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authorNick Piggin <npiggin@kernel.dk>2010-08-18 04:37:38 +1000
committerAl Viro <viro@zeniv.linux.org.uk>2010-08-18 08:35:48 -0400
commit6416ccb7899960868f5016751fb81bf25213d24f (patch)
tree457069571211e4ece844dc332a2f9673705a5bde /security
parent2dc91abe03d8ce6dd7f9251faffafca5f6b9e85d (diff)
fs: scale files_lock
fs: scale files_lock Improve scalability of files_lock by adding per-cpu, per-sb files lists, protected with an lglock. The lglock provides fast access to the per-cpu lists to add and remove files. It also provides a snapshot of all the per-cpu lists (although this is very slow). One difficulty with this approach is that a file can be removed from the list by another CPU. We must track which per-cpu list the file is on with a new variale in the file struct (packed into a hole on 64-bit archs). Scalability could suffer if files are frequently removed from different cpu's list. However loads with frequent removal of files imply short interval between adding and removing the files, and the scheduler attempts to avoid moving processes too far away. Also, even in the case of cross-CPU removal, the hardware has much more opportunity to parallelise cacheline transfers with N cachelines than with 1. A worst-case test of 1 CPU allocating files subsequently being freed by N CPUs degenerates to contending on a single lock, which is no worse than before. When more than one CPU are allocating files, even if they are always freed by different CPUs, there will be more parallelism than the single-lock case. Testing results: On a 2 socket, 8 core opteron, I measure the number of times the lock is taken to remove the file, the number of times it is removed by the same CPU that added it, and the number of times it is removed by the same node that added it. Booting: locks= 25049 cpu-hits= 23174 (92.5%) node-hits= 23945 (95.6%) kbuild -j16 locks=2281913 cpu-hits=2208126 (96.8%) node-hits=2252674 (98.7%) dbench 64 locks=4306582 cpu-hits=4287247 (99.6%) node-hits=4299527 (99.8%) So a file is removed from the same CPU it was added by over 90% of the time. It remains within the same node 95% of the time. Tim Chen ran some numbers for a 64 thread Nehalem system performing a compile. throughput 2.6.34-rc2 24.5 +patch 24.9 us sys idle IO wait (in %) 2.6.34-rc2 51.25 28.25 17.25 3.25 +patch 53.75 18.5 19 8.75 So significantly less CPU time spent in kernel code, higher idle time and slightly higher throughput. Single threaded performance difference was within the noise of microbenchmarks. That is not to say penalty does not exist, the code is larger and more memory accesses required so it will be slightly slower. Cc: linux-kernel@vger.kernel.org Cc: Tim Chen <tim.c.chen@linux.intel.com> Cc: Andi Kleen <ak@linux.intel.com> Signed-off-by: Nick Piggin <npiggin@kernel.dk> Signed-off-by: Al Viro <viro@zeniv.linux.org.uk>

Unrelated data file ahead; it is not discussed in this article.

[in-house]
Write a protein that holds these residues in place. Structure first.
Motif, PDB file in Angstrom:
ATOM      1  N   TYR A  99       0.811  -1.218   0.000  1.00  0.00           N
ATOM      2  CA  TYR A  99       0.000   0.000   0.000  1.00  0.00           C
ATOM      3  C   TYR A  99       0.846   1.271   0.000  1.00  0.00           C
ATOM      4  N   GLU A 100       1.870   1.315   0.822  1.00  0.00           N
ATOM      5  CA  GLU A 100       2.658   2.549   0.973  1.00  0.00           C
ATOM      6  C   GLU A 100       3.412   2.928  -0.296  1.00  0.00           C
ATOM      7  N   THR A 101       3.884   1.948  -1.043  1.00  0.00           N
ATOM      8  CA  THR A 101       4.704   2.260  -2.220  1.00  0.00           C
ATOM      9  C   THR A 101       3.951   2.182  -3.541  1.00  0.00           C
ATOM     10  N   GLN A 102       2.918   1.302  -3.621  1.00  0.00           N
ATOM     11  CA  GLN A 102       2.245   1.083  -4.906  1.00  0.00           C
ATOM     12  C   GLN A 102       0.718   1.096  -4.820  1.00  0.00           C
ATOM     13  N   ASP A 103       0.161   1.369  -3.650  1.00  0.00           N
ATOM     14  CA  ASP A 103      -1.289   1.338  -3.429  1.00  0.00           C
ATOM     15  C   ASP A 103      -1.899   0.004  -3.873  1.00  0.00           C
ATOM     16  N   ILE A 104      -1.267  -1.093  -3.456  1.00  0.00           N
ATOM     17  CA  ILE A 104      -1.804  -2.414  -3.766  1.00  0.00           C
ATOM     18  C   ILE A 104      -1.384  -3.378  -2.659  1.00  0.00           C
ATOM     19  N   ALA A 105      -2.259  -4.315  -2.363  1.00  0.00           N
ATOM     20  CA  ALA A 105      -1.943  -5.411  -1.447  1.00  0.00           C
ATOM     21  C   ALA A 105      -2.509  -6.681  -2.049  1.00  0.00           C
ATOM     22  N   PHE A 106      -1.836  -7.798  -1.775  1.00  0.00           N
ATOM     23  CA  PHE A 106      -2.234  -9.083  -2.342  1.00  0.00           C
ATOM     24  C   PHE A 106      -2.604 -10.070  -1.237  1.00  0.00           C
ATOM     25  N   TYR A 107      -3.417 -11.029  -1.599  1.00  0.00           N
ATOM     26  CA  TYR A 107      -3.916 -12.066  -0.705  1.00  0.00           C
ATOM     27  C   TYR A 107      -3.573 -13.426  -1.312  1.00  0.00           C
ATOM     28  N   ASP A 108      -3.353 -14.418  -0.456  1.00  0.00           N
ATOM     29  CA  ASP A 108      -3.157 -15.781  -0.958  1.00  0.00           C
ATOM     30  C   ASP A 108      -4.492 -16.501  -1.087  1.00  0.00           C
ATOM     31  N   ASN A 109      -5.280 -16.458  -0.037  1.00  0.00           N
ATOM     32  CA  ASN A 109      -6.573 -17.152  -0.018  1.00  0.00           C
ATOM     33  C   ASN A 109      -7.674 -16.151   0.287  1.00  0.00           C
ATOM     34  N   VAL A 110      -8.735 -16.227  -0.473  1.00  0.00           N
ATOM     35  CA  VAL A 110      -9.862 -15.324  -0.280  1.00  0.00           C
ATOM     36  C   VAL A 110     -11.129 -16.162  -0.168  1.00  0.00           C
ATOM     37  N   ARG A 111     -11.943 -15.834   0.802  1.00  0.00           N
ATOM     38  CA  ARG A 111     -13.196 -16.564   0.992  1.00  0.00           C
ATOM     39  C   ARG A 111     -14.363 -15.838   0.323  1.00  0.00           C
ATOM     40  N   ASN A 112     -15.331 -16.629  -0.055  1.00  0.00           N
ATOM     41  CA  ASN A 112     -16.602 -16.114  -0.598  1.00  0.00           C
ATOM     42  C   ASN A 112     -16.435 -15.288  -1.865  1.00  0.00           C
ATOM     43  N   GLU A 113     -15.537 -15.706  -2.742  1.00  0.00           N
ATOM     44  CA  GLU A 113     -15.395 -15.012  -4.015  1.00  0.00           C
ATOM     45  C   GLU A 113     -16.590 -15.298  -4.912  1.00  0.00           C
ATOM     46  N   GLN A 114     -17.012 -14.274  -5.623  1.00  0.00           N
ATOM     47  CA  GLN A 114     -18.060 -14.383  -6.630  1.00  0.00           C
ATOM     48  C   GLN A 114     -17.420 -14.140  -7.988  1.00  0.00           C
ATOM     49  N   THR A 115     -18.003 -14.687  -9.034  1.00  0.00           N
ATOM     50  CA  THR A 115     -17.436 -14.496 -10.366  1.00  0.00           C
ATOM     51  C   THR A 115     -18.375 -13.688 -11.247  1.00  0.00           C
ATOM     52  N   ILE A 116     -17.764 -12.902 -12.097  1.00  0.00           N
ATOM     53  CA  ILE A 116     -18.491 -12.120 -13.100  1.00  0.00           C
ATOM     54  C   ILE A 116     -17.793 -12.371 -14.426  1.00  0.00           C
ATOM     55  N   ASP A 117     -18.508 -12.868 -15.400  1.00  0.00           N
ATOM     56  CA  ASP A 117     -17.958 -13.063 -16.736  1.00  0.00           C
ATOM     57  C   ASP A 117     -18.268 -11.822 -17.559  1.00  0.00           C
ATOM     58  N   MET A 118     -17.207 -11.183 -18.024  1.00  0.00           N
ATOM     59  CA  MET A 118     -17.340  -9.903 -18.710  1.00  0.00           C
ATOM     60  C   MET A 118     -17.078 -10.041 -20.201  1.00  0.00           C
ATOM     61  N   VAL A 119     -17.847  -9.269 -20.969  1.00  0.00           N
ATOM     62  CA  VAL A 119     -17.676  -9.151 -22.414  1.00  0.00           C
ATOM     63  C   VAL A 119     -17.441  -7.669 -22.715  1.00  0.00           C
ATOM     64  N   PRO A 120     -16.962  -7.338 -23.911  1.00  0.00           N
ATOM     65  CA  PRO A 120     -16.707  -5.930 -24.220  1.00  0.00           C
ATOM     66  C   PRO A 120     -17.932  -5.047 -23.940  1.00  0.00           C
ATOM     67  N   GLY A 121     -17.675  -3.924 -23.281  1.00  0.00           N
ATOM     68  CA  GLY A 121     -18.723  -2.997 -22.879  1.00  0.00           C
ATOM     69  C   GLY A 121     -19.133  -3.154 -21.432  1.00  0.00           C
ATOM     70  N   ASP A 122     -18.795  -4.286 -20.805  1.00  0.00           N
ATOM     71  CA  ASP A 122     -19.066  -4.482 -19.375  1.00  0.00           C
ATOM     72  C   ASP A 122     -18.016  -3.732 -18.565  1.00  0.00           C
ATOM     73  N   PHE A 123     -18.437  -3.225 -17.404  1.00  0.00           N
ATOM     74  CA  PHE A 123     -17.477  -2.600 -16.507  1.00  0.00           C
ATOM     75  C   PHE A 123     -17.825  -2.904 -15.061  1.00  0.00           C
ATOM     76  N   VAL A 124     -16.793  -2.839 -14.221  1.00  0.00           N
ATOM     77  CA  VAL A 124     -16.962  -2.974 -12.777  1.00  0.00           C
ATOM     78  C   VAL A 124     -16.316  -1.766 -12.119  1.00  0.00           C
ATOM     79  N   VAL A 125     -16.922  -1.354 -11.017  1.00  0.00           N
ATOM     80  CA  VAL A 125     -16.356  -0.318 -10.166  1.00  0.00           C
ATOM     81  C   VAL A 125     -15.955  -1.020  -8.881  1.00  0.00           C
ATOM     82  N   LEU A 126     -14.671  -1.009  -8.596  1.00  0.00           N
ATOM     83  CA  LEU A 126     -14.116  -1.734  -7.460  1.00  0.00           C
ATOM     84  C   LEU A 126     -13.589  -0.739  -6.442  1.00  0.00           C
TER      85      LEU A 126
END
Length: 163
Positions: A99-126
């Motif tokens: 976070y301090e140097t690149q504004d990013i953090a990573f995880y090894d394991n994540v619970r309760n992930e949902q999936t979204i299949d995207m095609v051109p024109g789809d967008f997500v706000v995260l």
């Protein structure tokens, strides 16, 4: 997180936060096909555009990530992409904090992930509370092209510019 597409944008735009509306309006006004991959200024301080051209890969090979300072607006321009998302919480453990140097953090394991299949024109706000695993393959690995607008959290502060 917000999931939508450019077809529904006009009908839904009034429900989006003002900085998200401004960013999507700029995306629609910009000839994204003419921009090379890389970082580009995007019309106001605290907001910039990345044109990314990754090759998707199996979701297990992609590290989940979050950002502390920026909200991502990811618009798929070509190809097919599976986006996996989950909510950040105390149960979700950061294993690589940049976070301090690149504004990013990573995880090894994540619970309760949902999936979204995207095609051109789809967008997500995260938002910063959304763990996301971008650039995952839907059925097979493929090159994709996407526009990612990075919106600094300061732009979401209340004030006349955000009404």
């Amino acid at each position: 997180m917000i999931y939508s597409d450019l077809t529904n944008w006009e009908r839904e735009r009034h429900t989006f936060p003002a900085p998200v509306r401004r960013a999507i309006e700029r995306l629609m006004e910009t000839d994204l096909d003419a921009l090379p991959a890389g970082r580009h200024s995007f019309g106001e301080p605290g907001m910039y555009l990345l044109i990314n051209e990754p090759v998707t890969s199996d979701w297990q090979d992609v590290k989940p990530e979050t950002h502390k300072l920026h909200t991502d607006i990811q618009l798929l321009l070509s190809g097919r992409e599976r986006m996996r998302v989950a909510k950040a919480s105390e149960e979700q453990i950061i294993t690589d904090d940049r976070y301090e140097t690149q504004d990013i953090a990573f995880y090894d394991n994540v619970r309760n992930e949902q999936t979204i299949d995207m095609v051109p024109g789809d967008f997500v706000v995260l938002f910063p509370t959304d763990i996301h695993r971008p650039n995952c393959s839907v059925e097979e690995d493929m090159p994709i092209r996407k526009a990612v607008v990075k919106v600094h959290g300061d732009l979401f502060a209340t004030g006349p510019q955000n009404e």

Diffstat (limited to 'security')
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